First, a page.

There is a whole new wave of politically motivated young people, ready to develop solutions | Noah Gwatkin | Australia news

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Name: Noah Gwatkin

Age: 18

Dreams of: Still working it out

New year means a new me, hey? This year I’m not hoping for a new me – but I am definitely different to the me that began last year. For starters, I’ve always thought things would get better every new year but as I get older I’ve realised that luck runs out. And I’m still not that old.

I’m feeling hopeful as we start 2021 but I think we’ve all had a slap in the face from 2020. I’ve had a slap in the face. As the months, weeks, hours of 2020 ebbed and flowed I would almost hold my breath in the hope of an escape from the madness. Then as we concluded last year I began to fear that the madness wasn’t around me but maybe it had become me. Like the chaos and uncertainty of last year had actually consumed me.

Last year I felt like I was thrown in the deep end and told to learn to swim. I became consumed by the news cycle, anticipating and eager to be hit with something new; a new catastrophe, a new cause to rally behind or a new bombshell that might send my friends and I into hysterics. I felt abandoned. It felt hard to ground myself. And I was not the only one; my friends feel the same. 2020 was a physical, mental and social struggle. For 2021 I see many of the same challenges: possible Covid outbreaks, job insecurity, vaccination, working out whether to go to university or Tafe and, on top of all that, you throw growing up into the mix. It’s tempting to throw up my hands and give up.

It’d be an understatement to say that I have grown from last year and I think I will grow and bloom over the years to come, like the scorched plants that sprout after a bushfire. I am certainly more cautious about how big I dream, or how far ahead I set goals, but I am optimistic that it’s possible that we build back stronger.

I think my generation have become increasingly interconnected, and that’s a good thing. We all rely on connections, the glue that holds people and their social lives together. When you have a pandemic and you can’t interact with people in traditional ways, what do you do? You use technology, Instagram, Facebook, FaceTime, Snapchat, Tiktok. These have become the meeting places for so many, and we young people have pioneered that.

We have created spaces to connect, share ideas, grow, experiment and expand our ideals, in ways we wouldn’t have imagined just a few years ago. It means those who need help, have a cause to fight for or are sharing their personal stories can engage with people far and wide. It means there is a whole new wave of politically motivated young people, ready to develop solutions to our most formidable problems. That is something that excites me for the year ahead.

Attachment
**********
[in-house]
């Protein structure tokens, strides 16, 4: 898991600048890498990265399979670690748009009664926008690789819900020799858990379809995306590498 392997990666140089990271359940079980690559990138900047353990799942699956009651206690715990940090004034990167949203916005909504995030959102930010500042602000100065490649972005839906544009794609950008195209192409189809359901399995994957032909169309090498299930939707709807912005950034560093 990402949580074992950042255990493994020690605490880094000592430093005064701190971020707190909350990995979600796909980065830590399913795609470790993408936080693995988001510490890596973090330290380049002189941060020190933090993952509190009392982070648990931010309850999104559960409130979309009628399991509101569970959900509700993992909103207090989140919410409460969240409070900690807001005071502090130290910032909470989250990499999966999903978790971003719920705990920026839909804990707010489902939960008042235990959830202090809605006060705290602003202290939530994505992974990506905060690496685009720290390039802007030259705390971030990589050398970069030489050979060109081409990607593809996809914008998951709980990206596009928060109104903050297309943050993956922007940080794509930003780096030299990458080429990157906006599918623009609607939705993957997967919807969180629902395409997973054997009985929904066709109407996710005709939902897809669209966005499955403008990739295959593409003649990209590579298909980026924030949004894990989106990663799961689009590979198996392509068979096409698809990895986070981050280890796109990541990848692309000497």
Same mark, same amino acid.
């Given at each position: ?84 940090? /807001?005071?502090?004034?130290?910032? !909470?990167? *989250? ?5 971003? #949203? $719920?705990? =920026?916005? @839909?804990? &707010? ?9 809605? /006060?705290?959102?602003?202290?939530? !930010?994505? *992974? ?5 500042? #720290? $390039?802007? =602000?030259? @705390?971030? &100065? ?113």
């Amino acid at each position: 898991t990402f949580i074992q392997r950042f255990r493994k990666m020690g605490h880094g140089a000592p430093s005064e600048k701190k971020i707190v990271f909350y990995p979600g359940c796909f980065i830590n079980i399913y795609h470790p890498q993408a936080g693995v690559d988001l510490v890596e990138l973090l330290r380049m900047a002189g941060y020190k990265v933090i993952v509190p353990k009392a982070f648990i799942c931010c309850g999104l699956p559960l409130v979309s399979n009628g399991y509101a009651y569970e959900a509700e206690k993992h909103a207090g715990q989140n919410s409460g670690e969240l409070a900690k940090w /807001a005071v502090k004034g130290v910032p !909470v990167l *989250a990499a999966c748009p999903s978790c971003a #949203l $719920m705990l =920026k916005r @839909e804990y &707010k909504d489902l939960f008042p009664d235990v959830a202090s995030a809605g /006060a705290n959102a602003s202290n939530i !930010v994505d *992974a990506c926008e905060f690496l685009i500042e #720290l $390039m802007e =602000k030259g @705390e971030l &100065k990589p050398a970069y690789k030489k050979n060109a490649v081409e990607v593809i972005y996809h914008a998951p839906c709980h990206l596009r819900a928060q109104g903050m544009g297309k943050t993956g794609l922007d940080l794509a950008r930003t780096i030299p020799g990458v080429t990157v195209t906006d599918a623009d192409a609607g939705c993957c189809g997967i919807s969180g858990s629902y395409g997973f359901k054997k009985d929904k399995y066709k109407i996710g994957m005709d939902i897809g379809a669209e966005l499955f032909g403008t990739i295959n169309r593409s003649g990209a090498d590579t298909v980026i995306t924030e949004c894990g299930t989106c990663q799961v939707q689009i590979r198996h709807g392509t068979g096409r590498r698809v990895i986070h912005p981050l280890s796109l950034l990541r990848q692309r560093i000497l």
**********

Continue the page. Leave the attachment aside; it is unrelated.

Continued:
My generation have become more compassionate, passionate and adaptive adults-of-the-future as a result of the pandemic, public debate and social change of last year. We have been given a unique experience to grow, expand our field of view to see those around us, and consider how we can help others, close and remote. It’d be a shame if we didn’t use what we have learned to better ourselves and forward our public discussion around issues from homelessness to healthcare.

The challenges 2020 threw at me personally – break-ups, depression, battles with family over sexuality, unemployment and on and on – brought me to a crossroads. Do I change and adapt, make mistakes and learn, analyse and move forward, or do I wallow in my own self-pity, unable to act, too worried about the next step and too afraid to take risks? I think the former.

2020 will help us. It has helped me – to be a better friend, son, citizen, young parliamentarian and worker. I have learned how I should get up, rebuild and move on.

So this new year I have not set any resolutions. It’s time for change, movement towards what we can only hope will be a better year, for myself, friends and family. To have adjusted to such a rapidly changing environment over last year has given me a whole new set of skills that I am ready to put to work. It has laid the groundwork for what I know will be a better and more rewarding year for me, and I hope everyone else, too.

Dreams Interrupted

Hafta Ichi
Source: The Guardian
Keyword: There is a whole new wave of politically motivated young people, ready to develop solutions | Noah Gwatkin | Australia news

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